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Best of CES 2009
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by Rob Williams on January 16, 2009 in Consumer Electronics Show

CES 2009 may have felt a little smaller than previous events, but one thing’s for certain… there was no shortage of fantastic products on display. In this article, we’ve picked 10 such products that went above and beyond our expectations, and as a result, have earned our “Best of CES 2009″ award. From simple ideas to things we haven’t thought of before, it’s all here.

ASUS Eee Keyboard, SDXC Storage

ASUS Eee Keyboard – A PC You Literally Type On

Although we mentioned ASUS’ Eee Keyboard in an article last week, I didn’t come to realize just how cool this product was until I found myself with some hands-on experience, and after that experience, I have no hesitation in awarding it one of our “Best of” awards.

For those unaware, ASUS is pushing their Eee brand like humankind pushes the act of breathing. No joke. Taking a look at their (large) booth at CES this year, I actually had a difficult time finding their enthusiast products. On display, I found about five motherboards, four audio cards (all were HDAV’s) and four graphics cards. About 90% of the entire booth was dedicated to Eee PCs, Eee accessories and their notebook line-up. It’s easy to understand the reasoning behind this, though.

Although seeing more enthusiast products would have been nice, some of the launches ASUS made here were still well-worth the attention, and in our opinion, the Eee Keyboard tops them all. Essentially, it’s a computer built into a keyboard, but there’s so much more to it than that. It’s designed to be an all-in-one PC, minus the display, and is currently based on Intel’s Atom platform, using the N270 processor at the base. It also includes 1GB of memory, although anything can change before the projected launch of late Q3 2009.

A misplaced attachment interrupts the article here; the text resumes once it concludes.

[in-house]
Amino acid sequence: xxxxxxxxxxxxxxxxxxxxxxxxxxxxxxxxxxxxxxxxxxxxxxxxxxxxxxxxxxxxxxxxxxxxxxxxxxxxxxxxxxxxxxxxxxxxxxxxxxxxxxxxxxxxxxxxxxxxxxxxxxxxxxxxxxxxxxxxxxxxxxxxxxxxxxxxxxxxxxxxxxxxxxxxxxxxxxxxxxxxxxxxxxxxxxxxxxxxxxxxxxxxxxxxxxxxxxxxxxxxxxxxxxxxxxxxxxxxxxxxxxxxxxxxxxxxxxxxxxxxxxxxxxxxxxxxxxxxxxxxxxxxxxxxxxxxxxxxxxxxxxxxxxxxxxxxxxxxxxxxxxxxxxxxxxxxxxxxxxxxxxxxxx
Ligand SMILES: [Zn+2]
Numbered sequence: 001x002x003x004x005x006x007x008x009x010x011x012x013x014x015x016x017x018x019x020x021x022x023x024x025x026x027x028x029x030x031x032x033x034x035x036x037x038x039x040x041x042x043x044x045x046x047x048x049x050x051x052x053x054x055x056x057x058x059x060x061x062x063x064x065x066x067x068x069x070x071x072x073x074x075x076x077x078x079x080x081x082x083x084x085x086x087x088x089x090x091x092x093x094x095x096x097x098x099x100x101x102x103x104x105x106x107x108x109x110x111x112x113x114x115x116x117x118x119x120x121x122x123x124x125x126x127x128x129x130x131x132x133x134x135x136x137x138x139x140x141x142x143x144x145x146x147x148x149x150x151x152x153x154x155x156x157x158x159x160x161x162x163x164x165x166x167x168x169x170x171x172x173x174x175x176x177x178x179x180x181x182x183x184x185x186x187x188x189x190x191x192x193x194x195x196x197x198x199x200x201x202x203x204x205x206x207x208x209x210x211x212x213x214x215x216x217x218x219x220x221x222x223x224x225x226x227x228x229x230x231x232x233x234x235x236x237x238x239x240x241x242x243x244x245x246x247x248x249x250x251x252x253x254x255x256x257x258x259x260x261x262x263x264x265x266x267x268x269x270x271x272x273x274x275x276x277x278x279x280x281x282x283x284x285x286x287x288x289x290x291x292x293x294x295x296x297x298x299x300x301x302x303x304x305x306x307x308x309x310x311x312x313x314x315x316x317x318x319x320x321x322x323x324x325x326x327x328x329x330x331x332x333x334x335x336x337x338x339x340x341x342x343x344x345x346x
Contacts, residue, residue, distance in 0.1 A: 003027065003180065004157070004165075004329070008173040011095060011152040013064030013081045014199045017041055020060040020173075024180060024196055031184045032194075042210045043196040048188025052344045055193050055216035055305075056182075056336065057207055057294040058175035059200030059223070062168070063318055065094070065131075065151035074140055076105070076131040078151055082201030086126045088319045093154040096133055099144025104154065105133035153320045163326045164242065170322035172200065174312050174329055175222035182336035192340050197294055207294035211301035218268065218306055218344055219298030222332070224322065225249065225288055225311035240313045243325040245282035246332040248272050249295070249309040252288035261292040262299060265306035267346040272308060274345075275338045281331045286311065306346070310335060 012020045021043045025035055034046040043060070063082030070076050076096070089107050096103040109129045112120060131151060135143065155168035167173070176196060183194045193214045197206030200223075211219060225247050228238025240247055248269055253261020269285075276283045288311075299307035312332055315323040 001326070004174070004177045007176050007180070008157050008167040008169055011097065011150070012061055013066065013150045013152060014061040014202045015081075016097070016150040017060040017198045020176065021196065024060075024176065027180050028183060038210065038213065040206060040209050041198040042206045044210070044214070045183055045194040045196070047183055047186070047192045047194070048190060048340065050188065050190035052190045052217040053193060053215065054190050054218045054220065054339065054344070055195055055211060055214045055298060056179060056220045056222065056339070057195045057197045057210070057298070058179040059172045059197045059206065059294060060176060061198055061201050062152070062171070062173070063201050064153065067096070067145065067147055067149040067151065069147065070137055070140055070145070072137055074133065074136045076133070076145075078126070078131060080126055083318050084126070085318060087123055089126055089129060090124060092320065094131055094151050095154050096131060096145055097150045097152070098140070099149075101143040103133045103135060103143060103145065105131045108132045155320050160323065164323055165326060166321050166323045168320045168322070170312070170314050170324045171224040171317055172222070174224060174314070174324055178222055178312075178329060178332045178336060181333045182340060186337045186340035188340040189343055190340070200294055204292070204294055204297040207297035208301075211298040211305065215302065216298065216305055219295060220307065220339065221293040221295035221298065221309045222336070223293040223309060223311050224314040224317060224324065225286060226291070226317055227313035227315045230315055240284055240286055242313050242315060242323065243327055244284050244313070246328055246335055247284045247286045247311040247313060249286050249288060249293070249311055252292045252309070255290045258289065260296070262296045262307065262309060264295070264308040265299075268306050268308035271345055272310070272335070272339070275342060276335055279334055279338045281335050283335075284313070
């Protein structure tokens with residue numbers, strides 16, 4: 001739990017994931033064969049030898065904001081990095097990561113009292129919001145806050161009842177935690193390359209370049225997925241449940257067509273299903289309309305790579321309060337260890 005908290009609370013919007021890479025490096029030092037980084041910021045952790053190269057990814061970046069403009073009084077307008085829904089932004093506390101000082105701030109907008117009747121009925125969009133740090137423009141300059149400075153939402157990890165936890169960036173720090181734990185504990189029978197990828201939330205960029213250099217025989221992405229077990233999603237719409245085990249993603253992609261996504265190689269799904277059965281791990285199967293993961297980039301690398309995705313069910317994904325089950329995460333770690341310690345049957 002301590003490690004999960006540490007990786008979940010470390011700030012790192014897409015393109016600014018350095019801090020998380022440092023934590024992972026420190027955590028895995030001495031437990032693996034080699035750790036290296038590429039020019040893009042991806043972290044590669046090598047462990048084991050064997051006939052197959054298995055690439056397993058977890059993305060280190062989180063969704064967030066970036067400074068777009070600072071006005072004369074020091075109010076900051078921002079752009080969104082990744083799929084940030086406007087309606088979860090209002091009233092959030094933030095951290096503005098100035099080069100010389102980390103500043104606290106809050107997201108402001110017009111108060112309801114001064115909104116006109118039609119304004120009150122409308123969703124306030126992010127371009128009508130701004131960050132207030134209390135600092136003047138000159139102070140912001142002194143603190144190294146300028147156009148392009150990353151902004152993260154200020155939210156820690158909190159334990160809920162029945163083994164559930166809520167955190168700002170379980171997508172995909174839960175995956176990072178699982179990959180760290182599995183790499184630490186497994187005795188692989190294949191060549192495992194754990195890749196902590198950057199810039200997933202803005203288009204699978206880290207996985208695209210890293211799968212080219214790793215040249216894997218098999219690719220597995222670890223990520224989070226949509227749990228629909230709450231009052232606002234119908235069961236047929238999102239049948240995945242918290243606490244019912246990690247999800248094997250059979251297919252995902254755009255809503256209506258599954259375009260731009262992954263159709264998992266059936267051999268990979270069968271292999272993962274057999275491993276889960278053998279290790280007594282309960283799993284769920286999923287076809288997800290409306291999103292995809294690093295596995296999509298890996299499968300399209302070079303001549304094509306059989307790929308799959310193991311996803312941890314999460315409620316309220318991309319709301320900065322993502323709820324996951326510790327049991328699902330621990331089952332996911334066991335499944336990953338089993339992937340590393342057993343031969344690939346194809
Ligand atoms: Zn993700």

The keyboard itself is full-sized, and is no different to use than a standard offering. The difference here is a 5″ LCD screen on the right-side, which when in regular use, will display a handsome GUI with lots of functionality. This functionality could range from a simple notepad or calculator to setting an alarm or editing your calendar. This screen will also allow full use of the Windows XP installation, although it’s a rather small screen to use for that purpose.

Since the keyboard is to include Wireless HDMI, you’ll be able to use this PC on your monitor or TV without being connected to it. If you don’t care to use WiFi, you will be able to plug in a single LAN port, and for other connectivity, there two USB ports will also be available. Overall, the Eee Keyboard might still be early in development, but what ASUS had here to show off was impressive. Things should only improve between now and launch.

SDXC – Is that a 2TB SD Card In Your Pocket?

How is it that something as simple as a Secure Digital card gets awarded our “Best of CES 2009″? Simple. Let’s take a look at how things are right now in the market. Almost any current digital camera (aside from the odd models that use proprietary formats) uses Secure Digital right now, and where cell phones and other devices are concerned, we usually find a “Mini SD” format. So for the most part, many people are familiar with SD, not just tech-heads.

So picture if you will, an SD card capable of holding up to 2TB (that’s 2,000GB) worth of data. That’s a massive shift, given the largest SD cards on the market right now hold 32GB (which is still a lot). Although SDXC won’t start out quite so high, it will begin things out with a 64GB model in Q1, which will be capable of a Read speed of 104MB/s, far surpassing what SDHC is currently capable of.

Not only will the densities grow larger over time, but so will the speeds. At the top end, the SD Association foresees speeds of 300MB/s Read being capable, which, for those unaware, would actually far surpass current hard drive speeds. Although no mention of Write speed was disclosed, we can only hope that it will be equally impressive. The good thing is though, it might take a while before we have any devices capable of even tapping out the maximum speeds of the launch product. The future for mobile storage is looking good… very good.